ALBUM REVIEW: Palaye Royale – Boom Boom Room (Side B)

Palaye Royale are a name you’ve probably heard recently. The Canadian trio has been making waves, gaining a reputation for their great live shows which will see them support Enter Shikari on their tour early next year. Having recently released their second album Boom Boom Room (Side B); the follow up to Boom Boom Room (Side A) released in 2016, we got stuck in to see just what has gained them such a loyal fanbase.

With opening track Death Dance we’re immediately we met with twangy vocals from Remington Leith. It absolutely oozes in old-school My Chemical Romance, but with a bit more pop-punk thrown in. Lyrically the track touches upon society trying to control everyone’s thoughts into what is right and what isn’t – “I’d rather be dumb than sane” – even if it doesn’t make you look smart. It all gets a bit weird with “we live in an age where sex and horror are Gods,” but are they? It’s a question hard to answer and a track we can’t really get our head, around despite the infectious energy it leaks out. Teenage Heartbreak Queen maintains the upbeat tempo; raw vocals, thrashing drums and riffy guitars lead the track, making it a polished rock effort.

You’ll Be Fine was the first single from the release. We feel like this could soundtrack a haunted carnival with the crazy laughs and edgy rock and roll twists. The dark undertone, when mixed in with Leith’s vocals, produces something a little bit wild and captivating. So far this is the first track where we feel like Palaye Royale are showing just how good they actually can be. Throw in an instrumental section showing off some rowdy guitars and you’ve got a winning combination. The trio has already gained a huge presence globally with a dedicated and loyal fan base which is partially down to them not being afraid to be a little bit, shall we say, out there? Dying In A Hot Tub is admittedly the most confusing track on the release so far. Taking the tempo down a notch to give us some time to breathe again, it sings of concern for a friend and their lifestyle which soon starts effects you, but you can’t stop it from happening. The simple guitar lines allow this to become one of the most emotively powerful tracks on the release and the closest thing we get to a ballad.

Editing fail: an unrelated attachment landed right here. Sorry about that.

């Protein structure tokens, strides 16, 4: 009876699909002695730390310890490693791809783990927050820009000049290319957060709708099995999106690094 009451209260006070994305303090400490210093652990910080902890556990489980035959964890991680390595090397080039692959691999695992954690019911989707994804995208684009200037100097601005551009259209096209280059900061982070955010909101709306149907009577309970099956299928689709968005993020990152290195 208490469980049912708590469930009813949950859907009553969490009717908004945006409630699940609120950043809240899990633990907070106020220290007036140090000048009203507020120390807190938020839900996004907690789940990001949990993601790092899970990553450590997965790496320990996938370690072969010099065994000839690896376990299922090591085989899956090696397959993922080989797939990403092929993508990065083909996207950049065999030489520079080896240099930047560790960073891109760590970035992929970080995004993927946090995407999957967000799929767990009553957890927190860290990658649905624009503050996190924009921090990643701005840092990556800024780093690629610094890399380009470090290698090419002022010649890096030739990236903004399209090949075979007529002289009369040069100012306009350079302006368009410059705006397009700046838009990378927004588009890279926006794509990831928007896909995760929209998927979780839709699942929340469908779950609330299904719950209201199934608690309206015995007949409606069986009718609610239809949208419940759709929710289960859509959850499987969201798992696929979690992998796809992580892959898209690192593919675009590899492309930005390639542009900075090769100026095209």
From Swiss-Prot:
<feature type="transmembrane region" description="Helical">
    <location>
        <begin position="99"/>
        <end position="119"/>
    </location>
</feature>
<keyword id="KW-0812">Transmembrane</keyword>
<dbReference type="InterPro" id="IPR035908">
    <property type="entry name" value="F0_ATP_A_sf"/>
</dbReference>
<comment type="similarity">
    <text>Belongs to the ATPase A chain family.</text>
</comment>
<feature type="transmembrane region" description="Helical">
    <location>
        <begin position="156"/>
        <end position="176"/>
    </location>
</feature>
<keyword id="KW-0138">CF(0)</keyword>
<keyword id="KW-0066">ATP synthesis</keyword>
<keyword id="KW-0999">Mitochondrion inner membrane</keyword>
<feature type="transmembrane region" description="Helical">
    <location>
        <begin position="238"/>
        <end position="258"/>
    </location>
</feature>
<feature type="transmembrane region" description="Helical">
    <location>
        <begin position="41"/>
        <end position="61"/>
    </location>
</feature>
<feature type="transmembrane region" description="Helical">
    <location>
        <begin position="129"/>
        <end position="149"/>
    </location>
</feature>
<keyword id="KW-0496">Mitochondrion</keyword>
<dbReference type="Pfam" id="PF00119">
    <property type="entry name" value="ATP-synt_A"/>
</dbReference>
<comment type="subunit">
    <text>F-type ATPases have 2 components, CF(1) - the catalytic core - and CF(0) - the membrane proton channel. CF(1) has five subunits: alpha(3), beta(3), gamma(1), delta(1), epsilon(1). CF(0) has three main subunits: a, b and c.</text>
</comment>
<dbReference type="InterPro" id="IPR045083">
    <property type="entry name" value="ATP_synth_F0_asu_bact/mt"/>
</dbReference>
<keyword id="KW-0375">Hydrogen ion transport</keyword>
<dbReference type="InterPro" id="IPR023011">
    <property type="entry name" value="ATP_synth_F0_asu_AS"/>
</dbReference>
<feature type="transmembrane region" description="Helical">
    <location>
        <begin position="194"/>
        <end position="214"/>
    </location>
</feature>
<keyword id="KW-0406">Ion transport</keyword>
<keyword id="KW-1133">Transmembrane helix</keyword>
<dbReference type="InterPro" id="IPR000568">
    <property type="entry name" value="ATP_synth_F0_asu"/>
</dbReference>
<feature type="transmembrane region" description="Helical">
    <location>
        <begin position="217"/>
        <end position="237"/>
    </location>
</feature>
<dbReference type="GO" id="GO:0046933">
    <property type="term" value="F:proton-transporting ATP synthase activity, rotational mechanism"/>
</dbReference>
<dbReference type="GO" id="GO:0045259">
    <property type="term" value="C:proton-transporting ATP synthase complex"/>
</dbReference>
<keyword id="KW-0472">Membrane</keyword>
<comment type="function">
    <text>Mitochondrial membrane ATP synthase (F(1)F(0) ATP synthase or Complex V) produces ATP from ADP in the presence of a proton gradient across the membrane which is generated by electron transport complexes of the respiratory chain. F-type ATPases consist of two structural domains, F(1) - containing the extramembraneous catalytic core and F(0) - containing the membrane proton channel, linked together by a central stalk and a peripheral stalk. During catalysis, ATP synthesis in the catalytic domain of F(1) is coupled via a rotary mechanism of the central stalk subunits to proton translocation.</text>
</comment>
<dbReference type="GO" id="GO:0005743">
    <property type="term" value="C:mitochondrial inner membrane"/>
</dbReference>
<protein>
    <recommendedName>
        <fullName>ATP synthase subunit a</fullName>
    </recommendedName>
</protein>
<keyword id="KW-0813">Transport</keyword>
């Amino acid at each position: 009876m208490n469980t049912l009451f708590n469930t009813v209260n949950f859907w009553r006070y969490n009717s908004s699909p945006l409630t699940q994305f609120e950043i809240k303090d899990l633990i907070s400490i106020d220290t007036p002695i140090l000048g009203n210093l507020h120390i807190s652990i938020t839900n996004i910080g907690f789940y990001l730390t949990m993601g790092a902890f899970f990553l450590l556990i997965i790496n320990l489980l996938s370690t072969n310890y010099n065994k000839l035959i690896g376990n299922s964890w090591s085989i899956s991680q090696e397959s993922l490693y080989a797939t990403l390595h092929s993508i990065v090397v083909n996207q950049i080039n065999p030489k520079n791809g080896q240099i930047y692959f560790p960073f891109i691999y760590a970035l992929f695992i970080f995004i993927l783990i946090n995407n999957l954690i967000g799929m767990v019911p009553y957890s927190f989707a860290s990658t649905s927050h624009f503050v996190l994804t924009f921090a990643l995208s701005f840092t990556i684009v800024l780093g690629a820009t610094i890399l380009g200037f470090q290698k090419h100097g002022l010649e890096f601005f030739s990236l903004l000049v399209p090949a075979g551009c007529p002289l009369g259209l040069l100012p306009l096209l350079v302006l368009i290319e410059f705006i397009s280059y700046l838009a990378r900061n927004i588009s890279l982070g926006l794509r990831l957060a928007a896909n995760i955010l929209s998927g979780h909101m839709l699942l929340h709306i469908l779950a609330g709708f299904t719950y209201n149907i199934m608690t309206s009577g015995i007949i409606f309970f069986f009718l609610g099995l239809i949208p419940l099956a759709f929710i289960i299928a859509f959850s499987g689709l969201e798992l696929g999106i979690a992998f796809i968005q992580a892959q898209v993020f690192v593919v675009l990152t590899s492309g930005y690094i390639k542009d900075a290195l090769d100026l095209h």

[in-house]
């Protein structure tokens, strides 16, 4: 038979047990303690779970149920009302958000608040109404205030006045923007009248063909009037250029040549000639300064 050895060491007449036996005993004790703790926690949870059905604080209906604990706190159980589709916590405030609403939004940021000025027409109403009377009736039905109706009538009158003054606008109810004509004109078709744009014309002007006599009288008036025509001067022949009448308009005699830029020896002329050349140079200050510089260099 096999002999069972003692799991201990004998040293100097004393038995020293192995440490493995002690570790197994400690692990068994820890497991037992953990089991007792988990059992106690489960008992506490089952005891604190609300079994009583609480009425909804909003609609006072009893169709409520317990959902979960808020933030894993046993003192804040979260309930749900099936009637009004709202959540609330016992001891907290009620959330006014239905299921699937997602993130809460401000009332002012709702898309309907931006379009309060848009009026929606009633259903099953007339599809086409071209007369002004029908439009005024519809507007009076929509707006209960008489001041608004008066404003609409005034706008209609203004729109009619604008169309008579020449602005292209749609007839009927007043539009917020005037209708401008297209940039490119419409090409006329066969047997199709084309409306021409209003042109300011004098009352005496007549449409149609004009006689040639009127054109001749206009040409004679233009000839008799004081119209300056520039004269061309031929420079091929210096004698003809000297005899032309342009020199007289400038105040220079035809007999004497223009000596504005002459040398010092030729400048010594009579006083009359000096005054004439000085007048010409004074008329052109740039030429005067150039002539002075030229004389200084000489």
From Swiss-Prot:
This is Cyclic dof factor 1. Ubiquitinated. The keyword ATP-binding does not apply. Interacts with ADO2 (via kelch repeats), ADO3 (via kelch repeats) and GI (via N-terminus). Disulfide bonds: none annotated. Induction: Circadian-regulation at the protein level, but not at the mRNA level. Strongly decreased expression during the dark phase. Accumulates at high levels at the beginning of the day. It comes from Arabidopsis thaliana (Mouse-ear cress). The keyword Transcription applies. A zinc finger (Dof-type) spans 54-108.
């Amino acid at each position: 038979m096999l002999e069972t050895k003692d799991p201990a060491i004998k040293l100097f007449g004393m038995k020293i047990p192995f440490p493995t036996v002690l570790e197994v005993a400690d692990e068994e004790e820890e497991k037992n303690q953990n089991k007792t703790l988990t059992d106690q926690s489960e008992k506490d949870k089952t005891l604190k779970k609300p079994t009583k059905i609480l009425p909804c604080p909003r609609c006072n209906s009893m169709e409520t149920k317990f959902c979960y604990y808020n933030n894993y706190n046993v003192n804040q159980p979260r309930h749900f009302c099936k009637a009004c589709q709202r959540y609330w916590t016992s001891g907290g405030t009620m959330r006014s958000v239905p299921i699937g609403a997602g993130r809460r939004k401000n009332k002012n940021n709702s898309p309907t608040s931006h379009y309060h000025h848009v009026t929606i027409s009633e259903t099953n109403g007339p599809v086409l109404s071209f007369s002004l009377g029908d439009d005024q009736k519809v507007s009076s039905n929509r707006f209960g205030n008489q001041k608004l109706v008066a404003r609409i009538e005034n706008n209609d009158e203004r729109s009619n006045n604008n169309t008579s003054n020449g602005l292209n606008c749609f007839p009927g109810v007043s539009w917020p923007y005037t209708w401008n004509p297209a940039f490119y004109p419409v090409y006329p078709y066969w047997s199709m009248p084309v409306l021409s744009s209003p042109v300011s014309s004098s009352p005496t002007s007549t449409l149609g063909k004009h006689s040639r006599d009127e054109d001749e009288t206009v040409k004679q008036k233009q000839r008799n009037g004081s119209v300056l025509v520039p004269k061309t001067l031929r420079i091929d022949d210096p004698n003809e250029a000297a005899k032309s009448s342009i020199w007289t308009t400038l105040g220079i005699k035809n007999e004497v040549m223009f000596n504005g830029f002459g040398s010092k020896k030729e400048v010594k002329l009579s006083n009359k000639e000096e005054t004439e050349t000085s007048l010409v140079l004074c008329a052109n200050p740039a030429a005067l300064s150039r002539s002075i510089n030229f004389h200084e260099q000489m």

Mrs Infamous (My Sweetness) is bolder track all round, hard-hitting, slick and quite to the point. We feel like we’ve switched to another band’s record halfway through and this is in no way a bad thing. Singing of finding a heartthrob who keeps you on your toes, but it soon becomes apparent that whilst you’re vulnerable they’re taking advantage ‘you look at me like you just don’t really care’. It’s a little chaotic but at the same time, you can just feel how desperate they are to love someone regardless of the consequences. We’ve probably all been there once in our lives. The jazzy piano chords of Hospital Beds makes us a little bit confused about this track. It sounds like nothing we’ve heard so far on the release with a real upbeat melody which is quite overpowering especially as there are some vibrant guitars making an appearance.

As we head near the end of the release we hope we’re going to get something new, exciting and fresh to allow us to see what we’ve been missing and should add Palaye Royale to all future playlists. Love The Void feels pretty jolly, despite the heavy lyrical content when someone is destructive but continues day-to-day to repeat the same routine, yet you can’t bring yourself to let them go from your life. It just feels samey, as if we’ve already heard the track earlier on in the album. At this point in the game and during the elusive second album, it’s not convincing us that the hype around Palaye Royale is completely worth it. Closing track The Boom wins all the awards for being the worst placed track on the release. The near instrumental effort has a philosophical narrative layering over it, taken from Alan Watts’ The Dream of Life lecture, preaching of how important it is to spend your life doing what you love. It’s a lovely message but would have fit better in the middle of the release, or maybe at the start as it puts a darker twinge on the tracks ending which is our lasting memory.

Overall this isn’t a bad album, but it’s not memorable and we probably won’t be rushing to listen to it again – sadly it’s just not exciting. Maybe the reason why our hopes were set so high is because they have such hype around them, but it just doesn’t match up to what has been produced. This could just be a blip and their next release may blow us out of the water but for now, we’re just not convinced.


Standout Track: You’ll Be Fine

For Fans Of: Creeper, My Chemical Romance, The Struts

Written By: Nicola Craig

Nicola Craig
Head of Live with an unwavering love for the seaside, live music and writing about others instead of myself. Twitter: @nicolalalalar